Binary thinking such as good/bad, white/black, in-group/out-group, north/south, rich/poor, and right/left is very common in all societies. Binary oppositions such as nature/nurture, rationalism/irrationalism, in-group/out-group, etc., are collectively known as binary conceptual systems. These binary concepts are operational in every- day life. Can we remove such thinking from our mind? Scientists are trying to erase certain unwanted memories from our brain. It may be possible in the future. But it will be a real task to find the region in the brain where the binary thinking comes from. It seems that the binary thinking is genetic. It has stuck to our mind through evolutionary process. Differentiating became necessary for evolution to progress. The early organisms needed to know whether it was food or not, safe or dangerous, fight or flight, etc. It was necessary for survival. Genes that are responsible for some good functions are used for some bad functions too. It is how the biological evolutionary process works.Everything existing on earth is for the use of humans is one way of thinking. The opposite is everything existing on earth has certain purpose and therefore it should not be disturbed. When something disturbs the very existence of humans then we are habituated to blame one of the concepts. We are not the masters of natural system in its true sense. The evolution is under work-in-progress. We do not know many of the workings of natural world. It is due to the limitations of our brain. Our vision sensory has got limitations. What we see need not be the very essence of what it is. We are not able to hear many sounds produced by the animals. We are living within a boundary. Yet some of us are trying to cross the boundary. The risky crossing sometimes delivers good results and many a time setbacks. It is the way we have been living for thousands and thousands of years. In the beginning humans did not produce food which was found. How many years it took for the humans to produce food for their own use? Only our thought experiment can tell any story about how we learned cultivating food crops. So people will continue to search for food; they either produce or buy it. People will continue to kill animals. People will cut trees for fuels if they don’t have alternatives. Survival is somehow encoded into our DNA. People will do anything to live. They are driven by self-interest. It is instinctual. But humans are also social and rational. Values, beliefs, norms, ethics, etc., are creations of human mind.Value is a word with several meanings. In statistics, it is the score or figure observed on a particular variable for a particular case, that is, it is a quantified amount. In economics, the labour theory of value states that commodities are exchanged according to the amount of labour embodied in them (Marx argued that value did not always correspond closely to actual price). In attitude research, values are ideas held by people about ethical behaviour or appropriate behaviour, what is right or wrong, desirable or despicable. In this article we use values in the third sense. Belief is a principle or idea accepted as true, especially without proof. For example, if you accept that God exists then it is a belief. In sociology a norm is a shared expectation of behaviour that connotes what is considered culturally desirable and appropriate. It is prescriptive, although they lack the formal status of rules. Ethics means moral principles that control or influence a person’s behaviour. It also means a branch of philosophy that deals with moral principles. In this article we use the word in the first sense.The idea of values, beliefs, norms, and ethics occurred to humans as a necessity in maintaining order or cohesion of society. But they are always debated. For example, poverty was once considered providence; now it is generally considered a social problem. Some might say poverty is an individual problem; yet some others would say it is due to economic deprivation. What is normal once is not considered as normal now. Similarly, inequality persists for centuries. We are not able to tackle it. Poverty and inequality are results of human nature. Are they inevitable or avoidable? Wealth is either earned and/or inherited. Earned wealth is by the result of an individual’s actions; it is cumulative. Similarly, poverty is also either earned and/or inherited. It is also by the result of an individual’s actions and cumulative too.Vilfredo Pareto discovered a principle known as Pareto principle or power law which states that 80% of the wealth is controlled by 20% of the people and the remaining 20% of the wealth is controlled by the remaining 80% of the people in any country. It means the total wealth of the top 20% of the people is 300% more than the total wealth of the remaining 80% of the people; at the same time the average wealth of the top 20% of the people is 1500% more than the average wealth of the remaining 80% of the people (for your information, 80% of the world cup food ball tournaments is won by just 20% of the participating countries). The difference in the average wealth of the distribution is a bit shocking. Inequality can be removed, if the rate of return is kept at 45.2% approximately for the average wealth of the 80% of the people and at 10% for the average wealth of the top 20% of the people, in 10 years (for 20 years it is 20.5% for the 80% category). If the rate of return is kept at 0% for the top 20% and at 32% for the 80% category then also inequality can be wiped out in 10 years (for 20 years it is 14.9% for the 80% category). How do we ensure a rate of return in the range of 32% to 45% for 10 years or 14.9% to 20.5% for 20 years per annum for the poor? Who will provide the required financial intelligence to the poor? Which political party does have the above value in its election manifesto? Even if a political party has the will to execute such an action it cannot wipe out inequality entirely for we have considered only the average wealth of the categories. Still the difference will persist. But the gravity of the problem is largely reduced. Well, let us assume that we have eradicated poverty and inequality. Now everybody is possessing equal amount of wealth. What next? Whether the government will fix a constant rate of return for everyone or leave it to the market forces. We will have to take a decision and it depends upon what value is considered as desirable. The idea of progressive tax system is one such solution though it has not wiped out poverty and inequality. Direct cash transfer to the needy poor is another solution. But if the poor do not invest the money properly it will not give any result. Here come the values held by political parties. Whether the poor need constant monetary support from the government or they should be provided with opportunities or they must be left to the forces of market. The combination of the above three values gives us many options to choose. However, the issue cannot be solved within a term of 4 or 5 or 6 years. Issues which require a longer time to produce any desired result should bind all the political parties. Value consensus (Durkheim) on certain issues which have to be solved for the good of the humans is necessary. While binary thinking was acquired through biological evolution, value consensus is acquired through social evolution. While biological evolution is slow social evolution is not that slow. Why do parties do not have value consensus?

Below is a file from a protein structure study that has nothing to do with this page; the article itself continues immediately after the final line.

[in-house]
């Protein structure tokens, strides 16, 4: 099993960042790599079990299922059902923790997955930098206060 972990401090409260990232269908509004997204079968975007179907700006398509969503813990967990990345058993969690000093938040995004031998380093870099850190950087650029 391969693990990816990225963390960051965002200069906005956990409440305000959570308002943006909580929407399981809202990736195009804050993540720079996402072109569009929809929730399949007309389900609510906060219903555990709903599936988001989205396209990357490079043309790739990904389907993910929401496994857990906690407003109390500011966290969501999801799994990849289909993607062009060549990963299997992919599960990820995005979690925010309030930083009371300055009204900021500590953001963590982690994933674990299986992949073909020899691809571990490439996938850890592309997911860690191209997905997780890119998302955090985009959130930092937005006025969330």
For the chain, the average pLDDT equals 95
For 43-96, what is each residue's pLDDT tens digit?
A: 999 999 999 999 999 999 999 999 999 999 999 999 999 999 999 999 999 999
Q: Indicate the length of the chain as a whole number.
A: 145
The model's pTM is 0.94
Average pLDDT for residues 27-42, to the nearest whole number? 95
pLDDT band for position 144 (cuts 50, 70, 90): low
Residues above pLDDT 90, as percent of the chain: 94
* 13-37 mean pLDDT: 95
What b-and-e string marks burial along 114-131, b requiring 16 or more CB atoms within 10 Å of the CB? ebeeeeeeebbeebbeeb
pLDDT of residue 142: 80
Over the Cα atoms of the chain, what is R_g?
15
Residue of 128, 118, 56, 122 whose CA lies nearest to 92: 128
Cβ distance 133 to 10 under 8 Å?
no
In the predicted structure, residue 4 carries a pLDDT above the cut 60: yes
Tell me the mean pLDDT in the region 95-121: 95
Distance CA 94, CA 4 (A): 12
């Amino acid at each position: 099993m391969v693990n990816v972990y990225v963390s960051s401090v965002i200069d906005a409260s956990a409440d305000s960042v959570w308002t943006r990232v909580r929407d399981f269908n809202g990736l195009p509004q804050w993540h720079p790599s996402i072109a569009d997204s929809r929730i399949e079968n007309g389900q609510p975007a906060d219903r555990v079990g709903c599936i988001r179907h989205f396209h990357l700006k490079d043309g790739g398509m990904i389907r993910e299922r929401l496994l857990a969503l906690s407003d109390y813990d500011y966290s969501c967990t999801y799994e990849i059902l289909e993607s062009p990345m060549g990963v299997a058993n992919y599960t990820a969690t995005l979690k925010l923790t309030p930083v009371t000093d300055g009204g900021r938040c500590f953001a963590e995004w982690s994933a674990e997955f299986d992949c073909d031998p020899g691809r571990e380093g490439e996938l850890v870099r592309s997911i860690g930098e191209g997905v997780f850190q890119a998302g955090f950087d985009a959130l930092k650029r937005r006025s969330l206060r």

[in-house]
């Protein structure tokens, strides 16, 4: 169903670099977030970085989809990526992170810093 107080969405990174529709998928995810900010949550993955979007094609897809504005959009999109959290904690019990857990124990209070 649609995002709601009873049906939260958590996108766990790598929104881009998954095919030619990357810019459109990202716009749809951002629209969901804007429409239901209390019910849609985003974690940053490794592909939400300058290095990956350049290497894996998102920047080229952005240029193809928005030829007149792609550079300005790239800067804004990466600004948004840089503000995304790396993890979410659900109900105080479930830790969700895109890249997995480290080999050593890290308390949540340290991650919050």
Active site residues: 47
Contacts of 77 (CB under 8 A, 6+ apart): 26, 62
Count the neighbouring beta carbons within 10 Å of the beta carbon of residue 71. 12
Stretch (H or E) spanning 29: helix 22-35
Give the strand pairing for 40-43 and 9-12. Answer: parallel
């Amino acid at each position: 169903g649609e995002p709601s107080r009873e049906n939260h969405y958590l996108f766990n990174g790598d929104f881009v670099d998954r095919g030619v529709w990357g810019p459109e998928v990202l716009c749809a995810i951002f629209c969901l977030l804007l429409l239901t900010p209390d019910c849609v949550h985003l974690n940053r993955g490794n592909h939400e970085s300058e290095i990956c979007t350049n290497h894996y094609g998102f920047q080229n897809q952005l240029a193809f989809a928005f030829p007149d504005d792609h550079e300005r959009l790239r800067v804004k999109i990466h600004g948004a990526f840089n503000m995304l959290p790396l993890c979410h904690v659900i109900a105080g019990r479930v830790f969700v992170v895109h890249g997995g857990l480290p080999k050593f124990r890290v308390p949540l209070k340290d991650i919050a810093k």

A political party consists of three components, viz., leaders, activists, and supporters. It is an organisation for representing the aims and interests of its supporters. In a multi-party system environment, there are different socio-economic forces. The means to achieve goals are different. People who think similar means to achieve a particular goal will form a group. Different means mean different values. So groups have different values. A political party may consist of several groups with different set of values. Value consensus is not achieved because of the incompatibility of the values held by different groups.Adam Smith, the father of economics, believed that self-interest drives an individual to work efficiently to achieve the greatest happiness. He further argued when every individual allocates the resources efficiently the whole nation’s resources are put to efficient use and maximum benefit is achieved with minimum use of resources. But we have a problem. People are not always rational when they take decisions. Rational thinking is relative. It depends upon existing information and how the relevant information is used to take decisions.In a zero-sum game (game theory), one person’s gain is another person’s loss. For example, in a foot-ball match only one team can win; there can be no two winners. In a non-zero-sum game there are two or more than two players, they have a goal, a strategy, a set of rules to map the strategy, and a set of pay-offs (rewards) for the players; cooperation among the players leads to some greater gain for the group. In a zero-sum game the sum of pay-offs is zero. In contrast, in a non-zero-sum game the sum of pay-offs is not zero.Within a political group, the members play a non-zero-sum game through cooperation in order to achieve pay-offs for everyone. At the same time the whole group plays a zero-sum game with another political group. Consequently, one of the political groups will be the winner and the other a loser. This goes against the argument of greatest happiness for the greatest number. Instead, if the political groups play a non-zero-sum game both groups earn the pay-offs. The next question is how do the group distributes the pay-offs among its members? In a corruptive country, the pay-offs are appropriated among the leaders and a small portion goes to the activists. The supporters get nothing. Ideally the entire members should share the pay-offs equitably. Values are very important in any society to achieve the greatest happiness for the greatest number. We need good leaders who understand the values of self-interest and common-good and yet take balanced decisions.To sum up, binary thinking is genetic. It led the humans to identify concepts which are in binary oppositions. Our beliefs need not always be correct. What we believed in the past is not correct now. For example, once we believed that the earth was the centre of our universe and we had been thinking that that was correct for many centuries. It took many years to wipe out the belief from our brain. That is the power of belief system. Similarly values which we hold need not be always correct. Values held by people are different in different societies. Certain values are universal and certain values are particular and unique only to certain societies. Individual values are also different from person to person. The binary opposition of values creates socio-economic forces which run in opposite direction. These opposite forces in turn create social tension in societies. Individuals, groups, and nations play zero-sum games in which some people gain and others lose. We should learn to play non-zero-sum games for which cooperation is essential. Cooperation gives greater benefits to all players.